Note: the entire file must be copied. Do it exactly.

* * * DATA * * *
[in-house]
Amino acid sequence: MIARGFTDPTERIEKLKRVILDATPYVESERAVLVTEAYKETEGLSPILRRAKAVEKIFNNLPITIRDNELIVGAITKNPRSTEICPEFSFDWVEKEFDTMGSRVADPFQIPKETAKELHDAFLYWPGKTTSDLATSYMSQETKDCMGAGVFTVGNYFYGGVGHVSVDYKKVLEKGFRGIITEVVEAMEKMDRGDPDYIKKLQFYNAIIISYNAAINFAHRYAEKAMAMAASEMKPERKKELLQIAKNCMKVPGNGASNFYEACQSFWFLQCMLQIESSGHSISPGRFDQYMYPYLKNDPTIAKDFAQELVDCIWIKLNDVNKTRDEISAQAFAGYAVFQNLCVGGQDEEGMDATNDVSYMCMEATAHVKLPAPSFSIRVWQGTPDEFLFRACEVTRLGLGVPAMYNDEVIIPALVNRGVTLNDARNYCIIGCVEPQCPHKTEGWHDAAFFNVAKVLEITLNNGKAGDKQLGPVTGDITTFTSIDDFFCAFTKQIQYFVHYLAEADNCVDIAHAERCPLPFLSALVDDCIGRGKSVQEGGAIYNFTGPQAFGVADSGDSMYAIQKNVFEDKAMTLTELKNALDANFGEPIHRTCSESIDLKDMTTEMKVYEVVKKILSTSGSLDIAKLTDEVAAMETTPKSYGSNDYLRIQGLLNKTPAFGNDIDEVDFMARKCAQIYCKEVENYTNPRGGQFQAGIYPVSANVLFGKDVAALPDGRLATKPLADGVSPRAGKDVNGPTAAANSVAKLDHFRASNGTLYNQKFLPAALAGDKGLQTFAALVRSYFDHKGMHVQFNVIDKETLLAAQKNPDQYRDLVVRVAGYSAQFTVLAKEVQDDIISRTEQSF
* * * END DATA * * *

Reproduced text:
[in-house]
Amino acid sequence: MIARGFTDPTERIEKLKRVILDATPYVESERAVLVTEAYKETEGLSPILRRAKAVEKIFNNLPITIRDNELIVGAITKNPRSTEICPEFSFDWVEKEFDTMGSRVADPFQIPKETAKELHDAFLYWPGKTTSDLATSYMSQETKDCMGAGVFTVGNYFYGGVGHVSVDYKKVLEKGFRGIITEVVEAMEKMDRGDPDYIKKLQFYNAIIISYNAAINFAHRYAEKAMAMAASEMKPERKKELLQIAKNCMKVPGNGASNFYEACQSFWFLQCMLQIESSGHSISPGRFDQYMYPYLKNDPTIAKDFAQELVDCIWIKLNDVNKTRDEISAQAFAGYAVFQNLCVGGQDEEGMDATNDVSYMCMEATAHVKLPAPSFSIRVWQGTPDEFLFRACEVTRLGLGVPAMYNDEVIIPALVNRGVTLNDARNYCIIGCVEPQCPHKTEGWHDAAFFNVAKVLEITLNNGKAGDKQLGPVTGDITTFTSIDDFFCAFTKQIQYFVHYLAEADNCVDIAHAERCPLPFLSALVDDCIGRGKSVQEGGAIYNFTGPQAFGVADSGDSMYAIQKNVFEDKAMTLTELKNALDANFGEPIHRTCSESIDLKDMTTEMKVYEVVKKILSTSGSLDIAKLTDEVAAMETTPKSYGSNDYLRIQGLLNKTPAFGNDIDEVDFMARKCAQIYCKEVENYTNPRGGQFQAGIYPVSANVLFGKDVAALPDGRLATKPLADGVSPRAGKDVNGPTAAANSVAKLDHFRASNGTLYNQKFLPAALAGDKGLQTFAALVRSYFDHKGMHVQFNVIDKETLLAAQKNPDQYRDLVVRVAGYSAQFTVLAKEVQDDIISRTEQSF